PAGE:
Internet security blog posts are generally more at home on the inside pages of IT trade publications than on the front pages of international newspapers. The one posted by Microsoft Vice President Tom Burt March 2, over the emergence of “state-sponsored threat actor” Hafnium, was a notable exception.
A new threat had emerged, targeting Microsoft Exchange Server software. It didn’t take long for help desk phones around the world to ring and IT managers’ social media feeds to light up. The hackers had attempted to penetrate much deeper than usual into the systems of their intended victims, in order to hide undetected for an extended period of time. The attack may have compromised up to 20,000 organizations.
Large-scale cyberattacks of this type are becoming more common and quantifiable. Their impact is becoming an increasingly important consideration for investment professionals who need to engage with companies to understand risk and protect their portfolios against adverse scenarios.
To illustrate what is at stake, a new CFA Institute Research Foundation publication on cyberwarfare and cybercrime cited a study examining the average revenue growth of companies affected by severe cybersecurity breaches and compared those results to those of their industry peers not affected by cybercrime. The research looked at some 432 companies and 460 unique events over a six-year period.
He found that in the two years following a serious security breach, business revenues first declined by about 10% on average and then slowly recovered. After two years, revenues had only returned to the same level as at the time of the security breach. On the other hand, companies that have not suffered a security breach have seen their turnover increase by nearly 20% over the same period.
What does this mean for investors?
The impact of a major security breach is not only reflected in a company’s earnings, but also in its stock price. Indeed, companies that suffered a serious breach could see stock prices fall by 10% or more over six months and remain depressed for a long time.
With such potentially long-lasting consequences, it’s no surprise that companies are stepping up their data protection efforts.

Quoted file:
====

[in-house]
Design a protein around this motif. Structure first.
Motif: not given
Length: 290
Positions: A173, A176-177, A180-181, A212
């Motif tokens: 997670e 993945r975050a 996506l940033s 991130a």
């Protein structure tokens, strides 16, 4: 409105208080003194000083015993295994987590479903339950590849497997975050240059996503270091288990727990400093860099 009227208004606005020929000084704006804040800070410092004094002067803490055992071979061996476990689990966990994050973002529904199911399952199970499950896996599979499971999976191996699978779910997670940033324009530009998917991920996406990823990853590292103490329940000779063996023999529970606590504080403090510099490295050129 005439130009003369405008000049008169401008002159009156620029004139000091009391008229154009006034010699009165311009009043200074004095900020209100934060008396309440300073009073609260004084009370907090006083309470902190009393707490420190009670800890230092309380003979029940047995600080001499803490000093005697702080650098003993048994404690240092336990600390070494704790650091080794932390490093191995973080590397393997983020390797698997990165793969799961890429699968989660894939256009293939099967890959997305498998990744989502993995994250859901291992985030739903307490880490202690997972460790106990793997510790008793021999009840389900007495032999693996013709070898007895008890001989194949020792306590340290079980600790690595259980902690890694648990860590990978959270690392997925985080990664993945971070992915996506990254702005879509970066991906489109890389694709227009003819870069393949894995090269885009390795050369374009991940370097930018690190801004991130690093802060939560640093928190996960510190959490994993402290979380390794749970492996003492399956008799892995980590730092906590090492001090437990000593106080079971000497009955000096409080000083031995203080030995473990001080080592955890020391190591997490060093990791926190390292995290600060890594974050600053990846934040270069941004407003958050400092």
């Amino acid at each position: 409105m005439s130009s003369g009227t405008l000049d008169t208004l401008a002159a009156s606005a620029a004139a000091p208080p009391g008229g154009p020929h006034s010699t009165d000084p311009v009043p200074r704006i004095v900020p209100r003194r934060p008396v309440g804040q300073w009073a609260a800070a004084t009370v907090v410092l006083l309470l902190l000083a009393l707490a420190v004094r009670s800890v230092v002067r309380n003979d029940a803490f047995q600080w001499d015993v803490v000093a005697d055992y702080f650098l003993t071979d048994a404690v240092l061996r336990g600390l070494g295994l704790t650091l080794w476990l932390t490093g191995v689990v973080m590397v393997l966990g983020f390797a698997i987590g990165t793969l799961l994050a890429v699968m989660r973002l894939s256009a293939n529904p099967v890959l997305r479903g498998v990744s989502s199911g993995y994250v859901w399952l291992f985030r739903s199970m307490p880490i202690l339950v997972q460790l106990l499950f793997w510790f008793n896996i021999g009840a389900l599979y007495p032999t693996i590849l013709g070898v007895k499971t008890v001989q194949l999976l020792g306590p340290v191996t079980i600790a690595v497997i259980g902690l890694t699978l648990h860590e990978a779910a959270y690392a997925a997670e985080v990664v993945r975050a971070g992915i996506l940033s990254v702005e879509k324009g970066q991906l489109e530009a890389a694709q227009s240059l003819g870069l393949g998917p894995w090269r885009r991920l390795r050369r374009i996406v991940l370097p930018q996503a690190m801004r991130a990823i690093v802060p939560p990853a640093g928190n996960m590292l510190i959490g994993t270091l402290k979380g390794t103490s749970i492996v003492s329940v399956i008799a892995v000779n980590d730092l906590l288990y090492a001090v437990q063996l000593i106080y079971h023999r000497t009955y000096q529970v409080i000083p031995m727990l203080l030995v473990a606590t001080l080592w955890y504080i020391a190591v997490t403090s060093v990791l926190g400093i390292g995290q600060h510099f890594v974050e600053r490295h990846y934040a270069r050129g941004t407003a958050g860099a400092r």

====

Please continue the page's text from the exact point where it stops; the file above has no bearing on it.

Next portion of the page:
This task, however, becomes much more difficult as the pandemic has forced millions of people to work from home. This has increased the vulnerability of corporate data, especially to phishing attacks directed at employees.
These attacks have become so widespread that many analysts are comparing the coronavirus pandemic to an emerging “cyberpandemic” – with home workers acting as Trojan horses.
The publication of the CFA Institute Research Foundation – Data, the Oil of 21st Century – reveals the risks facing businesses in the face of the growing number of cyber threats emanating from both nation states and criminal groups.
Author Joachim Klement warns that investors should assess their potential exposure to such attacks which are already costing the average bank – with banks being prime targets for cybercrime – some $18.4 million per year (about $12.3 million) based on 2018 data. Model estimates for the global banking system range from $97 billion (about £68.5 billion) to $351 billion (about £247.6 billion). pounds) per year of potential losses – easily capable of triggering a financial crisis.
Measures must be taken
Microsoft’s recent attack has caught the world’s attention. It was, however, the eighth time in 12 months that the company publicly revealed an attack by so-called nation-state groups targeting critical institutions. Victims ranged from health organizations battling COVID-19 to political campaigns involved in the 2020 US election.
Such attacks have encouraged a major push at the state level to strengthen cyber defenses. For example, in March 2021, the UK government launched a new National Cyber Force – the result of cooperation between the Ministry of Defense and the Government Communications Headquarters (GCHQ) – to disrupt and destroy systems communications from those who pose a threat to national security.
The financial industry must now commit to protecting itself and its customers from emerging threats that, as Microsoft’s latest hack highlights, are becoming increasingly damaging.
Industry leaders may balk at the capital outlay needed to upgrade cyber defenses at a time when cash is urgently needed. But in order to avoid business interruption, loss of information and loss of revenue, investment is essential.
To that end, former US State Department official Richard Clarke may have a prescient view. “If you spend more on coffee than on computer security, you will be hacked. Moreover, you deserve to be hacked.
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